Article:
אֶלָּא מֵעַתָּה פַּרְצוּף אָדָם לְחוֹדֵיהּ תִּשְׁתְּרֵי אַלְּמָה תַּנְיָא כׇּל הַפַּרְצוּפוֹת מוּתָּרִין חוּץ מִפַּרְצוּף אָדָם אָמַר רַב הוּנָא בְּרֵיהּ דְּרַב אִידִי מִפִּרְקֵיהּ דְּאַבָּיֵי שְׁמִיעָא לִי לֹא תַעֲשׂוּן אִתִּי לֹא תַּעֲשׂוּן אוֹתִי The Gemara raises a difficulty: However, if that is so, let the fashioning of an image of a human face [partzuf ] alone be permitted. Why, then, is it taught in a baraita: All faces are permitted for ornamental purposes, except for the face of a person? Rav Huna, son of Rav Idi, said: From a lecture of Abaye I heard that there is a different reason why one may not form an image of a human face, as the verse states: “You shall not make with Me [iti]” (Exodus 20:19). This can be read as: You shall not make Me [oti]. Since man is created in the image of God, it is prohibited to form an image of a human being.
וּשְׁאָר שַׁמָּשִׁין מִי שְׁרֵי וְהָא תַּנְיָא לֹא תַעֲשׂוּן אִתִּי לֹא תַּעֲשׂוּן כִּדְמוּת שַׁמָּשַׁיי הַמְּשַׁמְּשִׁין לְפָנַי בַּמָּרוֹם כְּגוֹן אוֹפַנִּים וּשְׂרָפִים וְחַיּוֹת הַקּוֹדֶשׁ וּמַלְאֲכֵי הַשָּׁרֵת אָמַר אַבָּיֵי לֹא אָסְרָה תּוֹרָה אֶלָּא שַׁמָּשִׁין שֶׁבַּמָּדוֹר הָעֶלְיוֹן The Gemara asks: And is it permitted to form images of other attendants? Isn’t it taught in another baraita that the verse: “You shall not make with Me gods of silver” (Exodus 20:19), teaches that you shall not make images of My attendants that serve before Me on high, for example, ofanim and seraphim and the sacred ḥayyot and the ministering angels. Abaye said: The Torah prohibited only those attendants that are found in the upper Heaven, i.e., the supreme angels in the highest firmament, but not the celestial bodies, e.g., the sun and the moon, despite the fact that they too are located in heaven.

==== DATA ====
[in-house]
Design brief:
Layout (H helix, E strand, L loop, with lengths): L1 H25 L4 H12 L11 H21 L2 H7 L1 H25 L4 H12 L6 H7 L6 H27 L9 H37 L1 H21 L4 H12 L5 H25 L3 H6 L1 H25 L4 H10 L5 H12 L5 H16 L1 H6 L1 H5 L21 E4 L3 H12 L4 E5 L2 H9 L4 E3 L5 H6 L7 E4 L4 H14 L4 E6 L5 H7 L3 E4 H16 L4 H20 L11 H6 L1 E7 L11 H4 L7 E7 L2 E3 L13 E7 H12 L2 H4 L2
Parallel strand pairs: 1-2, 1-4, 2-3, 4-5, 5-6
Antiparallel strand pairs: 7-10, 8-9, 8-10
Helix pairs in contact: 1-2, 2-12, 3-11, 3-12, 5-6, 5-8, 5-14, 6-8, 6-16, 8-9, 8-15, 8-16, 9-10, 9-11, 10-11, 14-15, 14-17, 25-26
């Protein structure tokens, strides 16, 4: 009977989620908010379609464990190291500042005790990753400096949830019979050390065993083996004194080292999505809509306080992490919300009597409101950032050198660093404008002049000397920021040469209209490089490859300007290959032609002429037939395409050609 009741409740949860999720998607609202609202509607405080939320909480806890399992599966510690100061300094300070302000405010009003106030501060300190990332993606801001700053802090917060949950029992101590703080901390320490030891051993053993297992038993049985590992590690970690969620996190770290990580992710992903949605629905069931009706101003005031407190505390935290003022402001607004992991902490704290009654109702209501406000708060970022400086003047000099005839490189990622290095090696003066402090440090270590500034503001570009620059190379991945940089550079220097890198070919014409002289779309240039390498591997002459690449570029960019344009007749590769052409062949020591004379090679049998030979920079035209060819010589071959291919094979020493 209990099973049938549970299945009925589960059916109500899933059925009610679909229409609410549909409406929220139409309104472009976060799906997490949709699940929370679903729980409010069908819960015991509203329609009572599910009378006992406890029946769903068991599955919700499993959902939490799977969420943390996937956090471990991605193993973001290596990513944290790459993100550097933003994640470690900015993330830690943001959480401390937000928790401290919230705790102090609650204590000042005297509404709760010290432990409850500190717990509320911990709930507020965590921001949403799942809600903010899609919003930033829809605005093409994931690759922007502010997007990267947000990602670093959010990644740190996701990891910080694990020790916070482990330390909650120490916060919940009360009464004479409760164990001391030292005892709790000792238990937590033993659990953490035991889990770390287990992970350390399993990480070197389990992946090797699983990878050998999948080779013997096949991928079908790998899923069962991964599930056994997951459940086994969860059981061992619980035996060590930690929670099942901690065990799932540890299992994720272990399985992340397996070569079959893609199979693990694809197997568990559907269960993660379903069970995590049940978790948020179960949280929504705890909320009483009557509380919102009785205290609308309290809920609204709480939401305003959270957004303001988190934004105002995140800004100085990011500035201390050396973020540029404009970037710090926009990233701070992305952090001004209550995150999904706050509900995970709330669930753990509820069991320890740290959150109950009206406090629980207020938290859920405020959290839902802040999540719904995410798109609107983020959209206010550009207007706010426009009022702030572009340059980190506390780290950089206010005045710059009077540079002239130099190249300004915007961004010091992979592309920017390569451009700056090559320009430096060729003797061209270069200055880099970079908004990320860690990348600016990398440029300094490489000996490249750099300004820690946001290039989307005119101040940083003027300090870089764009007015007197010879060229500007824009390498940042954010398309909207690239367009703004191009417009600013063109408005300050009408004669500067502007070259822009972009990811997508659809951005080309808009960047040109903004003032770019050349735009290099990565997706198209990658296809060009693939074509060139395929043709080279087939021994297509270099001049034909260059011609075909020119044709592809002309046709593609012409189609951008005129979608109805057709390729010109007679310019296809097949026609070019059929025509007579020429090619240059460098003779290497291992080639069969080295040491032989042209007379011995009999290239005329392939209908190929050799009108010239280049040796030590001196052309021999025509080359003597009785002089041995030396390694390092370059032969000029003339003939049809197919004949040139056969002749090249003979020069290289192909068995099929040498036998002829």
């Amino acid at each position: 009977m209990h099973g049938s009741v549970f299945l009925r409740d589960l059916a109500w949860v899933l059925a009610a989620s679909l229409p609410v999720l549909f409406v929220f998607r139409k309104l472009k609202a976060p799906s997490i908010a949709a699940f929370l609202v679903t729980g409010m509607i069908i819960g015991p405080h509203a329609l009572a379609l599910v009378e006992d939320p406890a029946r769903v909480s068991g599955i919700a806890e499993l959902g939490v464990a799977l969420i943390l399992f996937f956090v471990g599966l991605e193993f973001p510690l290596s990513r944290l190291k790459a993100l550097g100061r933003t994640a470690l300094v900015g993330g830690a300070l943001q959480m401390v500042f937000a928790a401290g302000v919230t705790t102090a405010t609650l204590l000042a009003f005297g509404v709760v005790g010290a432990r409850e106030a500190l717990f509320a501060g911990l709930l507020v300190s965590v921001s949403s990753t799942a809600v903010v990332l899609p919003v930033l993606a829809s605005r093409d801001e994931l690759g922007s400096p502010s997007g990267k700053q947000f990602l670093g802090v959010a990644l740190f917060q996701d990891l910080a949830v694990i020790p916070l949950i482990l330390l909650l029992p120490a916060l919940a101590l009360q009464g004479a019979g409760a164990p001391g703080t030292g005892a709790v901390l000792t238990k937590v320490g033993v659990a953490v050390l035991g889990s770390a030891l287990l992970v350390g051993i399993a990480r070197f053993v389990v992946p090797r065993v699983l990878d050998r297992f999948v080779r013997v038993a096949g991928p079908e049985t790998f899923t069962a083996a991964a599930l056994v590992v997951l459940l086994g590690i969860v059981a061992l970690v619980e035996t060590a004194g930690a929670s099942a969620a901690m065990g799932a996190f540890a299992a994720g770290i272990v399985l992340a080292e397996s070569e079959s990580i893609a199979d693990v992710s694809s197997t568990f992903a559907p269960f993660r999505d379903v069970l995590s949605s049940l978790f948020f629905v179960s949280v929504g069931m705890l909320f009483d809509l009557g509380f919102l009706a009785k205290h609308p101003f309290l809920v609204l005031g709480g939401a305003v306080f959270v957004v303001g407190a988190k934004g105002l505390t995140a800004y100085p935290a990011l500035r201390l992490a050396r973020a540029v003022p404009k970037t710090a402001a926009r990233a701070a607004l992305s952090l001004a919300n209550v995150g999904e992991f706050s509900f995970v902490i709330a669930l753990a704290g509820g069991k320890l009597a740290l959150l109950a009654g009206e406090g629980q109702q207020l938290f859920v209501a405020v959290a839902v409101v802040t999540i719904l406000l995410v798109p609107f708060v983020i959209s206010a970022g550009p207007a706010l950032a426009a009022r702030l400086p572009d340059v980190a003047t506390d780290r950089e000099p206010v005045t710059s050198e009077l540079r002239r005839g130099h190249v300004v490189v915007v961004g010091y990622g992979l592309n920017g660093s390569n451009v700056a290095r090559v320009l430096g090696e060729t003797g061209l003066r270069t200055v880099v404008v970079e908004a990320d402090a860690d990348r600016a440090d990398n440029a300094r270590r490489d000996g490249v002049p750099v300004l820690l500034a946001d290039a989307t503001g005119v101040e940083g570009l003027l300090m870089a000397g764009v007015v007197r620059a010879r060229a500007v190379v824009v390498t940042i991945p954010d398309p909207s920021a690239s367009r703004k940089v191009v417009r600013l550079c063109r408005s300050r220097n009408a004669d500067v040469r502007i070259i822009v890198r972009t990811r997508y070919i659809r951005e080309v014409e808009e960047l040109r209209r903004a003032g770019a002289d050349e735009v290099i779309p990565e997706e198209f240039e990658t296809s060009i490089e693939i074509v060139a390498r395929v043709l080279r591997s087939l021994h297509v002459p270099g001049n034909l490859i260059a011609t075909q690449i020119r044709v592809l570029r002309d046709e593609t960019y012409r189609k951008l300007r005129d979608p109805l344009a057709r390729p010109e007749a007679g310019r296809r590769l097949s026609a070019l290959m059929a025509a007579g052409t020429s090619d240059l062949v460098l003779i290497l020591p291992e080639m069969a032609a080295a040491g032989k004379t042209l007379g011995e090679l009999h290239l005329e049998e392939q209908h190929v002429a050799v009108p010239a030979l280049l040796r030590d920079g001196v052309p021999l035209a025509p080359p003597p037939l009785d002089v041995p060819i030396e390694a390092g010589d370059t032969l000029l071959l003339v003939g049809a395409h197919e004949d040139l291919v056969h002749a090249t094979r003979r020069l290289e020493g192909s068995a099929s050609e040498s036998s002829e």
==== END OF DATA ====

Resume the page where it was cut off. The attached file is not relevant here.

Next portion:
וְשֶׁבַּמָּדוֹר הַתַּחְתּוֹן מִי שְׁרֵי וְהָתַנְיָא אֲשֶׁר בַּשָּׁמַיִם לְרַבּוֹת חַמָּה וּלְבָנָה כּוֹכָבִים וּמַזָּלוֹת מִמַּעַל לְרַבּוֹת מַלְאֲכֵי הַשָּׁרֵת כִּי תַּנְיָא הָהִיא לְעׇבְדָם The Gemara raises another difficulty: And is it permitted to form images of those bodies found in the lower heaven? Isn’t it taught in a baraita: “You shall not make for yourself any graven image, nor any manner of likeness, of anything that is in heaven above, or that is in the earth beneath, or that is in the water under the earth” (Exodus 20:3). The phrase “that is in heaven” comes to include the sun, the moon, the stars, and the constellations. The term “above” serves to include the ministering angels. Apparently, it is prohibited to form an image even of the celestial bodies found in the lower Heaven. The Gemara answers: When that baraita is taught, it is in reference to the prohibition against worshipping them. However, there is no prohibition against forming an image in their likeness.